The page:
Determination of amitraz and its transformation products in pears by ethyl acetate extraction and liquid chromatography-tandem mass spectrometry.
ABSTRACT A method has been developed for identification and quantification of the acaricide amitraz and its transformation products, 2,4-dimethylaniline (DMA), 2,4-dimethylformamidine (DMF) and N-2,4-dimethylphenyl-N-methylformamidine (DMPF) in pears. The analytes were extracted using ethyl acetate and anhydrous sodium sulphate. Analysis was performed by liquid chromatography-electrospray tandem mass spectrometry (LC-ESI-MS/MS) in the positive ion mode using a triple quadrupole (QqQ) instrument. Two precursor-product ion transitions were monitored for each compound in the selected reaction monitoring (SRM) mode. The method was validated with pears taken from the orchard before the amitraz treatment and spiked at the limit of quantification (LOQ), 10 times the LOQ and the maximum residue limit (MRL). Recoveries were between 70 and 106% and relative standard deviations were below 19% (n=5 at each spiked level). Excellent sensitivity resulted in limits of detection (LODs) for all the compounds below 10 microg kg(-1). Quantification was carried out using matrix-matched standards calibration, response was a linear function of the concentration from the LOQs to, at least, three orders of magnitude. Recoveries and standard deviations were comparable to those obtained after hydrolysis of amitraz and its metabolites to DMA. Occurrence of amitraz and its metabolites in field-treated pears showed that, seven days after the treatment, DMPF and DMF are the main degradation products. This work reports for the first time the use of a conventional pesticide multiresidue method and LC-ESI-MS/MS for determining amitraz and its metabolites in pears.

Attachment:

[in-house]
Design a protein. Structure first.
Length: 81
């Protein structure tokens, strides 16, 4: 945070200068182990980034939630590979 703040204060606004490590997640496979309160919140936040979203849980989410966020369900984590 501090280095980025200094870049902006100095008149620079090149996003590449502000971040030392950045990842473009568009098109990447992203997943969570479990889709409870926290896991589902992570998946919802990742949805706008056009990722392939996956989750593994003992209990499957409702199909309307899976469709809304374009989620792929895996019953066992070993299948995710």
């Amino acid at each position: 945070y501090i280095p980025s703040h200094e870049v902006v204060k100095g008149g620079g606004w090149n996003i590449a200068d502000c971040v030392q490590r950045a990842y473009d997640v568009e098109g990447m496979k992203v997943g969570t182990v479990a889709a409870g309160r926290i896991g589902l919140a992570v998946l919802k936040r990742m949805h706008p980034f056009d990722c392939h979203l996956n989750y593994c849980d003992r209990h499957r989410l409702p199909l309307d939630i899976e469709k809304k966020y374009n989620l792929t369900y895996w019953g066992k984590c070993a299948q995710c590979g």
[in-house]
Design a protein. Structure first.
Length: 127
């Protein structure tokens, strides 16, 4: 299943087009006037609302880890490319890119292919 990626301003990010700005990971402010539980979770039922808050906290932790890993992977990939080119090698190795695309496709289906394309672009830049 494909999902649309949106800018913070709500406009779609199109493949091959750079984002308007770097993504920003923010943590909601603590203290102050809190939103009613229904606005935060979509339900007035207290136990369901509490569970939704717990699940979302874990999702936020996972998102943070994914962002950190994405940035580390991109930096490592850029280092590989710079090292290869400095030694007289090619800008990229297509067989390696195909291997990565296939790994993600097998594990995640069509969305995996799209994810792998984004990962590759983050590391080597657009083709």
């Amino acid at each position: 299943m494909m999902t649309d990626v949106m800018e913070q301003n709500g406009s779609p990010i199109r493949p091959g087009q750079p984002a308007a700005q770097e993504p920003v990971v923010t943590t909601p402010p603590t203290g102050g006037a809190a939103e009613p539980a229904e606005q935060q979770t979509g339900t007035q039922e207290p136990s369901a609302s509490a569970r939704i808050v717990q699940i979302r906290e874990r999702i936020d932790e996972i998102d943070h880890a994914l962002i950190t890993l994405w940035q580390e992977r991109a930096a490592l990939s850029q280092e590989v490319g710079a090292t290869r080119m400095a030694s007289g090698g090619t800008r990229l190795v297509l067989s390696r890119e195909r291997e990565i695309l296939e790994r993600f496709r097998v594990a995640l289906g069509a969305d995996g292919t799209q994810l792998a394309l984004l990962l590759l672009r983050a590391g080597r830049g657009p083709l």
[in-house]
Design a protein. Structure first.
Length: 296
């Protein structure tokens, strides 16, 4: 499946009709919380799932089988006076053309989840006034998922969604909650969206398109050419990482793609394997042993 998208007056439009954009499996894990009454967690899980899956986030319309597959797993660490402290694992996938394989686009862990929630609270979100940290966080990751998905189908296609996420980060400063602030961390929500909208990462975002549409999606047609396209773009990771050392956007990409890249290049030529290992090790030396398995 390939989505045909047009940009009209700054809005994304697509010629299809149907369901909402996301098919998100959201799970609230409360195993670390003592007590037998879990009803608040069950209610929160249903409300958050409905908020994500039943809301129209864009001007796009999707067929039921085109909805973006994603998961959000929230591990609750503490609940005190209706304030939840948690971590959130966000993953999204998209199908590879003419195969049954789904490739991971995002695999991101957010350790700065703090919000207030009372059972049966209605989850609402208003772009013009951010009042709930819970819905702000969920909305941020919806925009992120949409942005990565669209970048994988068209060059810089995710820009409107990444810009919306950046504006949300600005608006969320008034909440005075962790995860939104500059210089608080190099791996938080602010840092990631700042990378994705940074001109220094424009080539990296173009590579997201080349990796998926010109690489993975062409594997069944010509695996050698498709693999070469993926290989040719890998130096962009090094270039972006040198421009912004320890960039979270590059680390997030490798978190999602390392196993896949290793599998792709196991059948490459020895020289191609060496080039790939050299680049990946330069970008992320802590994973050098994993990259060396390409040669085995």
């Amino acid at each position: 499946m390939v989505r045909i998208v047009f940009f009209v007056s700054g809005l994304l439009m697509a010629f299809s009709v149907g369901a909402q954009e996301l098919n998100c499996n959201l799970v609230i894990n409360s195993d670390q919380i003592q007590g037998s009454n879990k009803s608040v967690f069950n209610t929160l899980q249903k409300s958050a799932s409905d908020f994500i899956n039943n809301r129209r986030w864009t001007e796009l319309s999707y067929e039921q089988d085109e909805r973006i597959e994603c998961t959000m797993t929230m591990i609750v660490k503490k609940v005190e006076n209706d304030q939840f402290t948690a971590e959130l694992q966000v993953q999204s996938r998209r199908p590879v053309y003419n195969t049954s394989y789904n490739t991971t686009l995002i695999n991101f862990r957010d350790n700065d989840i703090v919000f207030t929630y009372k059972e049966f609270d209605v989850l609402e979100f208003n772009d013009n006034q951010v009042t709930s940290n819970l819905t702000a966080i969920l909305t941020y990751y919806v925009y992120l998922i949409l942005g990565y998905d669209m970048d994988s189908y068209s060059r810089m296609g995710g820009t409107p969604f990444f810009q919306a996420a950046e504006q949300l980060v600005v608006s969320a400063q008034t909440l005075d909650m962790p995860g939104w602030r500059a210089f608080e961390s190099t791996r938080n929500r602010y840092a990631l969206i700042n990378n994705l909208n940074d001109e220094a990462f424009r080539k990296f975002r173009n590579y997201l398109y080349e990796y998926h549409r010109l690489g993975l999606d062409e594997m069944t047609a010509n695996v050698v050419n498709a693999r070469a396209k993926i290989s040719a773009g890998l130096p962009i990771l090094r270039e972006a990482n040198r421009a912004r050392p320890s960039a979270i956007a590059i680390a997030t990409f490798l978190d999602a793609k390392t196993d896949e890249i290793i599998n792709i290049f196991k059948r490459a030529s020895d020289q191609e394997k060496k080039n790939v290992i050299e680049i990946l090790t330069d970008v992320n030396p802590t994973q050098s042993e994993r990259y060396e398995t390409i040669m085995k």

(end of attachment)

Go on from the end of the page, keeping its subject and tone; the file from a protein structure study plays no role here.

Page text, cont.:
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ABSTRACT: Quality and safety control and the validation of origin are hot issues in the production of food and its distribution, and are of primary concern to food and agriculture organization. Modern mass spectrometry (MS) provides unique, reliable and affordable methodologies to approach with a high degree of scientificity any problem which may be posed in this field. In this review the contribution of mass spectrometry to food analysis is presented aiming at providing clues on the fundamental role of the basic principles of gas-phase ion chemistry in applied research fields. Applications in proteomics, allergonomics, glycomics, metabolomics, lipidomics, food safety and traceability have been surveyed. The high level of specificity and sensitivity of the MS approach allows the characterization of food components and contaminants present at ultra-trace levels, providing a distinctive and safe validation of the products.European Journal of Mass Spectrometry 01/2011; 17(1):1-31. · 1.21 Impact Factor